Elise Bellin, Librarian of the Islamic Resource Center, wrote this book review as part of an ongoing series that focuses on a range of books within the IRC collection as a service to the community.
Hurayrah the Cat
Hurayrah the Cat: The Snack Catcher by Farah Morley, illustrated by Alexandra Nyerges (2014)
Bright, colorful pictures in a style reminiscent of Western-commercialized Japanese manga greet the reader in this light-hearted story narrated by and about an orphaned tabby cat who makes a name for himself by saving a sleeping human from a snake using clever dialogue, in the sacred city of Madina, with frequent mention to Abd al-Rahman, also known to Muslims as a prolific narrator of hadith and as kunyah Abu Hurayrah, or “Father of a Kitten.” This brings context and grounds the entire book in the world and times of Prophet Muhammad(p).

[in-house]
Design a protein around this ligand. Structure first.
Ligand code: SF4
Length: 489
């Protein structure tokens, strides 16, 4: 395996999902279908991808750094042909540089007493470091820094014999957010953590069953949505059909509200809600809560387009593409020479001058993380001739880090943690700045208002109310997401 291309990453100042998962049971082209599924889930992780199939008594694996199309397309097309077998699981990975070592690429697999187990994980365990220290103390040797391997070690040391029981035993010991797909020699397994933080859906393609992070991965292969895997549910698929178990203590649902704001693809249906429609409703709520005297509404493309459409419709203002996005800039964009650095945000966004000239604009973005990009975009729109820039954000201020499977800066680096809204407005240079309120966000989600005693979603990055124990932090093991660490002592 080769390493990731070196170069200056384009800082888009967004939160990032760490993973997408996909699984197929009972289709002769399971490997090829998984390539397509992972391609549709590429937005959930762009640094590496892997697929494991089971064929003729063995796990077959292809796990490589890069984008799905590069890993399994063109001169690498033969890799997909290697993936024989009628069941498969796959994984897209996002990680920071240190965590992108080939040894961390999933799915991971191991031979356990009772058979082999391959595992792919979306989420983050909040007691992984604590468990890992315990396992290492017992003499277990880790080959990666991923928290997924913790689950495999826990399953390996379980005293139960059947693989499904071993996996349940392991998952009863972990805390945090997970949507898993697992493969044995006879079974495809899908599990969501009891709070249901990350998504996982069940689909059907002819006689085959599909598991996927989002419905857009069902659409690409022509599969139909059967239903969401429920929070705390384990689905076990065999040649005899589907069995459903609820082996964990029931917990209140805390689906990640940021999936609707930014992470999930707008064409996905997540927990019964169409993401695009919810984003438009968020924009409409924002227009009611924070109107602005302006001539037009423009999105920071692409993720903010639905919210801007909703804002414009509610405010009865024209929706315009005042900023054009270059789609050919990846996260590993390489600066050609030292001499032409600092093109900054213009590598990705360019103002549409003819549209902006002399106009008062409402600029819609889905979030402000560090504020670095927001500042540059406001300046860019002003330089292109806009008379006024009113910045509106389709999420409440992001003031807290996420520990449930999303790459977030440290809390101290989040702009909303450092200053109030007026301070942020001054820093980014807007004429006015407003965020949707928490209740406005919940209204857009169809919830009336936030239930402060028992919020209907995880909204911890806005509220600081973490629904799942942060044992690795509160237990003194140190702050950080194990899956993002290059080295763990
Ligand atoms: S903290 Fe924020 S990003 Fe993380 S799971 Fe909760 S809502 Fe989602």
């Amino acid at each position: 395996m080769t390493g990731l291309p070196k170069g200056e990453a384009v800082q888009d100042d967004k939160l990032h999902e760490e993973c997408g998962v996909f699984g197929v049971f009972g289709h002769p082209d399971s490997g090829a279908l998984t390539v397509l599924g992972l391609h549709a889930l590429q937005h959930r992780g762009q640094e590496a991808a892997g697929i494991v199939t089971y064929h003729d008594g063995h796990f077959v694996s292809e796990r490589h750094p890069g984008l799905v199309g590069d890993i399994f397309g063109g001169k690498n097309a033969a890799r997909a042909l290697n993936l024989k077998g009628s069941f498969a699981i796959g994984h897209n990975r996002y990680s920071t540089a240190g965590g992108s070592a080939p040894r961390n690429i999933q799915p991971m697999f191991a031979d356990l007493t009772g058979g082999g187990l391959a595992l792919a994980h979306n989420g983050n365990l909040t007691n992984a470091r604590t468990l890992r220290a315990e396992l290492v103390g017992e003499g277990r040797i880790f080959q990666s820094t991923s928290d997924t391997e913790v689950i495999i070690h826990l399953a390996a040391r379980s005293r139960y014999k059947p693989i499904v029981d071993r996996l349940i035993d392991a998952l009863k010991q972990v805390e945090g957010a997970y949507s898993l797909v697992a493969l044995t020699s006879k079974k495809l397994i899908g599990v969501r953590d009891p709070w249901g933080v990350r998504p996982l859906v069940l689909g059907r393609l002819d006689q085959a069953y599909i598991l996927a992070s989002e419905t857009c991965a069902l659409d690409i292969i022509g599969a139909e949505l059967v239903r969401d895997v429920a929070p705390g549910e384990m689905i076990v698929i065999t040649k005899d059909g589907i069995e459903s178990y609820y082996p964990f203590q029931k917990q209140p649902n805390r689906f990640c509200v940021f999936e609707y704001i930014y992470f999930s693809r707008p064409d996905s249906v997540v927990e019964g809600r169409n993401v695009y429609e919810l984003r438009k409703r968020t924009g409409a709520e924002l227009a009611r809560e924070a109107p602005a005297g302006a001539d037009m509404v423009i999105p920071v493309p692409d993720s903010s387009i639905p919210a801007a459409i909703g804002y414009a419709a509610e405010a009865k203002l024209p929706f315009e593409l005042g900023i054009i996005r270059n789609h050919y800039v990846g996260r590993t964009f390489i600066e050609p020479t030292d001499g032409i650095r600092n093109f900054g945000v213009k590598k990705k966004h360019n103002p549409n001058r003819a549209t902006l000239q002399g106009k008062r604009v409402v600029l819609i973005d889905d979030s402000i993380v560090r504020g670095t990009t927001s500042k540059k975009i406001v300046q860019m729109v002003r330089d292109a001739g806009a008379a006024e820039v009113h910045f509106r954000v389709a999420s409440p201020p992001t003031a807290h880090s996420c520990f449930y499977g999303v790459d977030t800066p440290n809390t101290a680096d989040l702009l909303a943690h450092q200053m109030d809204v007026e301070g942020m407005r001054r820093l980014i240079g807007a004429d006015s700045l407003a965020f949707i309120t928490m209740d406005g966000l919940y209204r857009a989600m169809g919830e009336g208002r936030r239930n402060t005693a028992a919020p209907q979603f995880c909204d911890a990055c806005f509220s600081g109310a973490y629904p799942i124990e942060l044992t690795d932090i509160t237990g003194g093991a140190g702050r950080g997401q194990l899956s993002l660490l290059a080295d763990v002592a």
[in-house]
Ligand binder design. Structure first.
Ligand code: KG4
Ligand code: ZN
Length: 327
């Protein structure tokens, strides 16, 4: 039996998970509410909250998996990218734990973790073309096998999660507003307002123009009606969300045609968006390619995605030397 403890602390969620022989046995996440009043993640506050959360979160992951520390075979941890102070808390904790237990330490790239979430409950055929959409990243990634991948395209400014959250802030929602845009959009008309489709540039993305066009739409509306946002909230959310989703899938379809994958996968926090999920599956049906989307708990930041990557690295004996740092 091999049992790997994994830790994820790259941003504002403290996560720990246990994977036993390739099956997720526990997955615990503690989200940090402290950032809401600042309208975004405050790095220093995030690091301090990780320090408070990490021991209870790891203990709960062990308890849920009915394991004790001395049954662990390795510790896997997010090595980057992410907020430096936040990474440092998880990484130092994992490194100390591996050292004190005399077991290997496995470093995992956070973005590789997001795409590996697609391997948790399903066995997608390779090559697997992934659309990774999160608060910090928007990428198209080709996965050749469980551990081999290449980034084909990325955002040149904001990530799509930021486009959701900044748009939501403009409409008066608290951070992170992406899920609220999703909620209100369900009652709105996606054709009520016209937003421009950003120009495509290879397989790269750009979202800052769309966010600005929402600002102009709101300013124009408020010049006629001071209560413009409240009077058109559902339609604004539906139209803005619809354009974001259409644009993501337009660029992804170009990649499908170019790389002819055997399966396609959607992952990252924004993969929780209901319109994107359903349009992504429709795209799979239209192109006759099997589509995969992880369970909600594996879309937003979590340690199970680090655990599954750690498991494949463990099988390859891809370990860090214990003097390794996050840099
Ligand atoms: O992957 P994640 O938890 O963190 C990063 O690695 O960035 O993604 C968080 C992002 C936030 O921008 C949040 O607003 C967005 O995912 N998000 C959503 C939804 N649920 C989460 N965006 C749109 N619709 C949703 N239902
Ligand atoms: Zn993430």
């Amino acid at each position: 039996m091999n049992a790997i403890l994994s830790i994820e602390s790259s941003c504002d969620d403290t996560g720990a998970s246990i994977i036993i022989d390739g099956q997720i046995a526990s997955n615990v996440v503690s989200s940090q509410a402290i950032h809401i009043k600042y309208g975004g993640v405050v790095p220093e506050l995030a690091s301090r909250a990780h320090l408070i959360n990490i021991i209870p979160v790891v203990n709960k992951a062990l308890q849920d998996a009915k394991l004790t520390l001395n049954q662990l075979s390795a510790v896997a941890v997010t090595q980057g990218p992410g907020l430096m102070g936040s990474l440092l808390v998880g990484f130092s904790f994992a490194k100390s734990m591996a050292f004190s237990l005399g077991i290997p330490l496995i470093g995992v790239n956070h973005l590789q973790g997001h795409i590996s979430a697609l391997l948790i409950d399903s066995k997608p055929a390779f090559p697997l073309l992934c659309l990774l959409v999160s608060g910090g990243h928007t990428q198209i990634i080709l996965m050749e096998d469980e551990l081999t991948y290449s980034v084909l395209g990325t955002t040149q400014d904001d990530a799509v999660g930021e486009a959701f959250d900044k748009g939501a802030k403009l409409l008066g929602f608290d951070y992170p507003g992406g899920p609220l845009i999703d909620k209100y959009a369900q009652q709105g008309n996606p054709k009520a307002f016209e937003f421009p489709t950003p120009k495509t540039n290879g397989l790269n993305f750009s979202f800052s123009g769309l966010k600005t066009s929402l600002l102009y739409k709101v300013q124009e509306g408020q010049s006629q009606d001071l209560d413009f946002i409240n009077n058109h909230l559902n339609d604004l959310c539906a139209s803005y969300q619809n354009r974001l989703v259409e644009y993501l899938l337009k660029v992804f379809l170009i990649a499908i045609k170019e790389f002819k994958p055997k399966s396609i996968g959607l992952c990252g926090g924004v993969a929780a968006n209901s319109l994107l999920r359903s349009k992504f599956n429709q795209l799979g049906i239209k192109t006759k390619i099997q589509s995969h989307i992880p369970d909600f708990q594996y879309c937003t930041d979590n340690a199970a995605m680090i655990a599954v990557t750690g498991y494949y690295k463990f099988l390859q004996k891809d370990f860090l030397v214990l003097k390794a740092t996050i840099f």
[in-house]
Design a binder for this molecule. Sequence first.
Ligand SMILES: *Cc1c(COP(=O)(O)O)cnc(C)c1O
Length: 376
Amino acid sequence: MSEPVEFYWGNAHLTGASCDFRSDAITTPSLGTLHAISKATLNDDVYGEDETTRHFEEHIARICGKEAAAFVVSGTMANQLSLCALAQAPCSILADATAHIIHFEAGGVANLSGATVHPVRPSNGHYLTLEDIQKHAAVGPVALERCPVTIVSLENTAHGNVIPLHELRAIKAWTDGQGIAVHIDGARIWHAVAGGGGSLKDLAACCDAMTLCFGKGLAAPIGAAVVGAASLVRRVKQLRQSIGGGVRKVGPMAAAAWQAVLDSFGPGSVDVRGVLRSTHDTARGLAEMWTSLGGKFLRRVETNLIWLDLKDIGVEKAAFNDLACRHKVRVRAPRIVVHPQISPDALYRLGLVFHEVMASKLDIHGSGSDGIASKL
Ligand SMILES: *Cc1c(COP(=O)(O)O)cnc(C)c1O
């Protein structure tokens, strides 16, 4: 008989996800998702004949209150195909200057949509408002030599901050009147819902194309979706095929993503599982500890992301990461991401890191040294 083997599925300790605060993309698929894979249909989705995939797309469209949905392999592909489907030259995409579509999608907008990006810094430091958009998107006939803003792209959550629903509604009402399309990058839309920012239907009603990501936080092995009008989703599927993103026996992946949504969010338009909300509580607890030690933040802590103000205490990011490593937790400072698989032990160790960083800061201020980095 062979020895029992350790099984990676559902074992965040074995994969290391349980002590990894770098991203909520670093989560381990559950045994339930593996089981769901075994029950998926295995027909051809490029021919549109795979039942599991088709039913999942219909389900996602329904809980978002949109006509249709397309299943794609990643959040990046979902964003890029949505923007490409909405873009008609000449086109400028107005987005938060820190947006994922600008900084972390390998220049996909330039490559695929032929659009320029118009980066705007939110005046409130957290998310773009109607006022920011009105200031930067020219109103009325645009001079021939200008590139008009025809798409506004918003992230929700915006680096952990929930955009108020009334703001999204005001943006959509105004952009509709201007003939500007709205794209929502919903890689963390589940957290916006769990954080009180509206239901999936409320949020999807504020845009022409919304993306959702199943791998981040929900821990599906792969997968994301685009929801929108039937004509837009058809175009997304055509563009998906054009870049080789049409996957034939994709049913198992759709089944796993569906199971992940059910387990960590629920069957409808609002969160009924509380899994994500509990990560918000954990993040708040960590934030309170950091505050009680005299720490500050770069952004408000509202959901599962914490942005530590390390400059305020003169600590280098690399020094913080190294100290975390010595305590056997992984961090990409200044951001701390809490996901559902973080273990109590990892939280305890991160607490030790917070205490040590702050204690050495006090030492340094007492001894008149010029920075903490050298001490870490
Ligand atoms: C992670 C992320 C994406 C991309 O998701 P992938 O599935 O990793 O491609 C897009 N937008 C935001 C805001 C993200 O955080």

It is clear from the start that both the author and illustrator are on the same page. The writing maintains a clear voice with lots of spunk and wide-eyed innocence that speaks to a young reader. Meanwhile, the images are clear and vibrant marker drawings with big expressions and distinctive body positioning, lots of contextual clues to time and place, and smooth, sure lines. There is an upbeat feel to the images with the most emphasis being placed on one or two characters in the foreground being given the most focus. Meanwhile, there are those beautiful blue eyes of Hurayrah. Those are the show-stoppers. All of the emotion, all of the drama can be summed up in its eyes. If all else is lost, children will pay attention to those and be able to tell whole stories from them.
This tale of a cat in search of a member of the sahabah only to find and remove a snake from a stranger’s sleeve and find a family is a short, sweet, and altogether enjoyable story from start to finish. Well worth a look.